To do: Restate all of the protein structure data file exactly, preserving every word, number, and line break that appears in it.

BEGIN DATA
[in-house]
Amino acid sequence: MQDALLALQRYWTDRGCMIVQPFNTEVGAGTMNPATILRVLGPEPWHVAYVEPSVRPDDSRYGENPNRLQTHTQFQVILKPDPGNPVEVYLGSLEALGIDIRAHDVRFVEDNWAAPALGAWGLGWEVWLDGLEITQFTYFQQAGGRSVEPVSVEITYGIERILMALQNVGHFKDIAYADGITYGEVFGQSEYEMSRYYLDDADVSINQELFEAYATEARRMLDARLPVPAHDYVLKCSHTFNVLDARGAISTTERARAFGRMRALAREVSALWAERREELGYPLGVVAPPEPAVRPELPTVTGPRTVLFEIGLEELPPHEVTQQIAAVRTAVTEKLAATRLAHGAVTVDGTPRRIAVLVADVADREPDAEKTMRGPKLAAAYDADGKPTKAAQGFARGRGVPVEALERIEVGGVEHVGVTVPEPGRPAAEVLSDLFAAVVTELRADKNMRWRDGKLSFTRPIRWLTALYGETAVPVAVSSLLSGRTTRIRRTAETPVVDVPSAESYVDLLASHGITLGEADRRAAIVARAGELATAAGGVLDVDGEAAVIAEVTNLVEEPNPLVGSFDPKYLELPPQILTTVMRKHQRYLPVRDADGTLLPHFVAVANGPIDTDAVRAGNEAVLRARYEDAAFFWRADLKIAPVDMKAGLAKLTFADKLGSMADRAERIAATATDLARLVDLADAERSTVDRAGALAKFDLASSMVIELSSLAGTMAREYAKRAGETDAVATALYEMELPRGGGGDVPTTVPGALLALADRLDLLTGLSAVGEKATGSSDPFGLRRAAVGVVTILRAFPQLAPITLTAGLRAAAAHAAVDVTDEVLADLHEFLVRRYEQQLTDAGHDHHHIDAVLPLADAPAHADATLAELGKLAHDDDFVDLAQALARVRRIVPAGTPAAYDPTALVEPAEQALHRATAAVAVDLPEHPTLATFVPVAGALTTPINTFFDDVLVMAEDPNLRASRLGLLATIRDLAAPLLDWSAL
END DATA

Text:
[in-house]
Amino acid sequence: MQDALLALQRYWTDRGCMIVQPFNTEVGAGTMNPATILRVLGPEPWHVAYVEPSVRPDDSRYGENPNRLQTHTQFQVILKPDPGNPVEVYLGSLEALGIDIRAHDVRFVEDNWAAPALGAWGLGWEVWLDGLEITQFTYFQQAGGRSVEPVSVEITYGIERILMALQNVGHFKDIAYADGITYGEVFGQSEYEMSRYYLDDADVSINQELFEAYATEARRMLDARLPVPAHDYVLKCSHTFNVLDARGAISTTERARAFGRMRALAREVSALWAERREELGYPLGVVAPPEPAVRPELPTVTGPRTVLFEIGLEELPPHEVTQQIAAVRTAVTEKLAATRLAHGAVTVDGTPRRIAVLVADVADREPDAEKTMRGPKLAAAYDADGKPTKAAQGFARGRGVPVEALERIEVGGVEHVGVTVPEPGRPAAEVLSDLFAAVVTELRADKNMRWRDGKLSFTRPIRWLTALYGETAVPVAVSSLLSGRTTRIRRTAETPVVDVPSAESYVDLLASHGITLGEADRRAAIVARAGELATAAGGVLDVDGEAAVIAEVTNLVEEPNPLVGSFDPKYLELPPQILTTVMRKHQRYLPVRDADGTLLPHFVAVANGPIDTDAVRAGNEAVLRARYEDAAFFWRADLKIAPVDMKAGLAKLTFADKLGSMADRAERIAATATDLARLVDLADAERSTVDRAGALAKFDLASSMVIELSSLAGTMAREYAKRAGETDAVATALYEMELPRGGGGDVPTTVPGALLALADRLDLLTGLSAVGEKATGSSDPFGLRRAAVGVVTILRAFPQLAPITLTAGLRAAAAHAAVDVTDEVLADLHEFLVRRYEQQLTDAGHDHHHIDAVLPLADAPAHADATLAELGKLAHDDDFVDLAQALARVRRIVPAGTPAAYDPTALVEPAEQALHRATAAVAVDLPEHPTLATFVPVAGALTTPINTFFDDVLVMAEDPNLRASRLGLLATIRDLAAPLLDWSAL